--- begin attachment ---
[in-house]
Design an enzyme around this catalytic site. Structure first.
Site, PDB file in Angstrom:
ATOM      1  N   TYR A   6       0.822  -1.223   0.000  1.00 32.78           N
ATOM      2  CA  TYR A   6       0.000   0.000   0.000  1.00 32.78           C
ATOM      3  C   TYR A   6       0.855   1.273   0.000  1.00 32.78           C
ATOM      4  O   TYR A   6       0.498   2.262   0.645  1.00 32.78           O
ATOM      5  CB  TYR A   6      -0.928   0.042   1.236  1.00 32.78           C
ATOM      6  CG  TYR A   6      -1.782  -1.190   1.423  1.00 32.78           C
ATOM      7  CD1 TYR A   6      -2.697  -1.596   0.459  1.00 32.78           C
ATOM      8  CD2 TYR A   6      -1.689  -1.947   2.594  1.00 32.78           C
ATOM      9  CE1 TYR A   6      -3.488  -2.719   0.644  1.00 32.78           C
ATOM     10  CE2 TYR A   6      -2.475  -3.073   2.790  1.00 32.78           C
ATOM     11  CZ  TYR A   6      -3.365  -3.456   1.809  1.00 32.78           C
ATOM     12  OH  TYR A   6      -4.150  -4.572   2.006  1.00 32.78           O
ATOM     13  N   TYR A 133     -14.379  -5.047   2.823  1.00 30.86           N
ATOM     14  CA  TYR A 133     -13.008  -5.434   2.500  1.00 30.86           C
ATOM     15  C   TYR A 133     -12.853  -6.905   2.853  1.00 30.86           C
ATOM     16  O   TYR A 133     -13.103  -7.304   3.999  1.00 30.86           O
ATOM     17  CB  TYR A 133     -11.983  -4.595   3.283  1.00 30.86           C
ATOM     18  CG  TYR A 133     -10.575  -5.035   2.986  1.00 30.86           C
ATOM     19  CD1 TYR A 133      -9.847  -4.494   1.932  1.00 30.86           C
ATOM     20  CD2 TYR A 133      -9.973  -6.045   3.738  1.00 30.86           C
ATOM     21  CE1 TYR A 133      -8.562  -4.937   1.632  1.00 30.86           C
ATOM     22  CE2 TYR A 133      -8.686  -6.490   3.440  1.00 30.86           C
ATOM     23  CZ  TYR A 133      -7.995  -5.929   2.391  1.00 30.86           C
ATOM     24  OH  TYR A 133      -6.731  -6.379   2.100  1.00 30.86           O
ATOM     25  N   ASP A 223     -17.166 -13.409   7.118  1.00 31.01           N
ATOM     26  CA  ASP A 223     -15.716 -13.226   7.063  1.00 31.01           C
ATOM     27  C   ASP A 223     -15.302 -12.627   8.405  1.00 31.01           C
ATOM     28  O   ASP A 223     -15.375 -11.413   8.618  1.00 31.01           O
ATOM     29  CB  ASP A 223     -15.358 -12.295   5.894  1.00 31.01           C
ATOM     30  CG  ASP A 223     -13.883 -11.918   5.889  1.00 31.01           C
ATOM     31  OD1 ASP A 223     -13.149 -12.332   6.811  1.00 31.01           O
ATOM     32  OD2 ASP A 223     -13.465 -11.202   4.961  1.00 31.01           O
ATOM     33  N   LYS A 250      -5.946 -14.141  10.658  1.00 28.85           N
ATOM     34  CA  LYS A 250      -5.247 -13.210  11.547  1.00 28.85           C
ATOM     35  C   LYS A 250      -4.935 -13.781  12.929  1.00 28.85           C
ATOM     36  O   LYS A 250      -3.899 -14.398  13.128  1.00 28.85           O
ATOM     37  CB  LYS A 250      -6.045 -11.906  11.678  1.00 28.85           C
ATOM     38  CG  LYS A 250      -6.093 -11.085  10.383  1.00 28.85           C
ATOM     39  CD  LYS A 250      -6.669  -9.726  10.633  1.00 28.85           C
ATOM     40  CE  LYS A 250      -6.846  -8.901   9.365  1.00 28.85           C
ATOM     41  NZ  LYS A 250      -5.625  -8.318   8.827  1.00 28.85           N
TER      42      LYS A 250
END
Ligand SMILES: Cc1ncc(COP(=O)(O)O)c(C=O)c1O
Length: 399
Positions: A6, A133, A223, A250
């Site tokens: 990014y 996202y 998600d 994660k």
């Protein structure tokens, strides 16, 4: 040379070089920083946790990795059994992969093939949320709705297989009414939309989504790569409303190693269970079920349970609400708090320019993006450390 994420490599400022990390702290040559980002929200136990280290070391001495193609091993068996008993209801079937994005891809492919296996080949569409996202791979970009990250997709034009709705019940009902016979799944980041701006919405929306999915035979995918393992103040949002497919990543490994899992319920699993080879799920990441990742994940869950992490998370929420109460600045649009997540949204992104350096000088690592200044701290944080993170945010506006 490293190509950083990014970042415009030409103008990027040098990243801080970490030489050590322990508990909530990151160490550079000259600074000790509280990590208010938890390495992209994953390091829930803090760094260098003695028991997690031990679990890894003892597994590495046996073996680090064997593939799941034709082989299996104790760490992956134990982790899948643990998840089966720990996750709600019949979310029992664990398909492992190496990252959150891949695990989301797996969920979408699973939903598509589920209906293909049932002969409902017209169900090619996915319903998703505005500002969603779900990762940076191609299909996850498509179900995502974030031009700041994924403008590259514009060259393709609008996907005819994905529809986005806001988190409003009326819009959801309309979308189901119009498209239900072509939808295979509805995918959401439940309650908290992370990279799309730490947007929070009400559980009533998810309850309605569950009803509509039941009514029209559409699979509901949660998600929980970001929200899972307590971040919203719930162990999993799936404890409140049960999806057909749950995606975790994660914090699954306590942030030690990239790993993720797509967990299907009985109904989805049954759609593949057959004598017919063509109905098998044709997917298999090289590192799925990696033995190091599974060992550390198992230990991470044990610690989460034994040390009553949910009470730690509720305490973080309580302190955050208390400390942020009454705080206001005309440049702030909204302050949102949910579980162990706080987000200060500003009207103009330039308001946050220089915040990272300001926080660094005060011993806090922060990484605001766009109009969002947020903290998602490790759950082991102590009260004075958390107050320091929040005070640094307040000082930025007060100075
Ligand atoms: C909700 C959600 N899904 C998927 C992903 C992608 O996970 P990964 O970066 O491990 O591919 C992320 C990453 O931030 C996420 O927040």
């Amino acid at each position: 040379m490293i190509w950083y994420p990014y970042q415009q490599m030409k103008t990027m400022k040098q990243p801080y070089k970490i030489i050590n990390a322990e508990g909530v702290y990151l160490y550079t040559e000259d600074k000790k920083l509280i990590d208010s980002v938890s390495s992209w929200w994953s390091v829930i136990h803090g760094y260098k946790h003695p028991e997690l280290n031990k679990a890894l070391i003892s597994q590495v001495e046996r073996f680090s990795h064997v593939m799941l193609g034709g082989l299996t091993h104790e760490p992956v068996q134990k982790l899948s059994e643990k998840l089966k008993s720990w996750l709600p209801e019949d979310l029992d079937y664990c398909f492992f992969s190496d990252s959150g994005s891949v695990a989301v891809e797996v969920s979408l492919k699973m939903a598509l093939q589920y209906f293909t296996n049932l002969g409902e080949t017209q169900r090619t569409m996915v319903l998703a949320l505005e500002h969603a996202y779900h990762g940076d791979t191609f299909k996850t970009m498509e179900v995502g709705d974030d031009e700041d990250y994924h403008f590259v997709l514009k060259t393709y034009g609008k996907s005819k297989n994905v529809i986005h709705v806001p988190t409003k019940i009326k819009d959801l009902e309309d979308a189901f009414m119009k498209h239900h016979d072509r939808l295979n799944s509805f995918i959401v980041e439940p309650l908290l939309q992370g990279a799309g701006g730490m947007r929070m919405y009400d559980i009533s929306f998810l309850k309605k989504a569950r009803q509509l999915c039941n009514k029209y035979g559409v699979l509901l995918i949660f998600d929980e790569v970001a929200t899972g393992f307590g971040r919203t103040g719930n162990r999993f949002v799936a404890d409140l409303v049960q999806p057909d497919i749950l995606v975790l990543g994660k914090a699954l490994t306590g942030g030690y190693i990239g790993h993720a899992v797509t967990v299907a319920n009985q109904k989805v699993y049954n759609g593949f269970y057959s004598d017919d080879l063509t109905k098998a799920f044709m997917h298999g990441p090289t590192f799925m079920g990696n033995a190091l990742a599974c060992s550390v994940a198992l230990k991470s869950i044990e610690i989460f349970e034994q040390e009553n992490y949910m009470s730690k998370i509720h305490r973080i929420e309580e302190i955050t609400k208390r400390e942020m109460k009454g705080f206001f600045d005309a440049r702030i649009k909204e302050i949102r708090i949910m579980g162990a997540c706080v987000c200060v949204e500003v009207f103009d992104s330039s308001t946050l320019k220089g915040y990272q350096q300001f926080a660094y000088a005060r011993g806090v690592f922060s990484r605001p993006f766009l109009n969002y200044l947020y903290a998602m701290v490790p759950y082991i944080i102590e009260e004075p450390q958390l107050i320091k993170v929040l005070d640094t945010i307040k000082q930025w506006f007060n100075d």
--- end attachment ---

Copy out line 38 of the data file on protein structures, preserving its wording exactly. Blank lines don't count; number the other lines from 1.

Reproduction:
ATOM     35  C   LYS A 250      -4.935 -13.781  12.929  1.00 28.85           C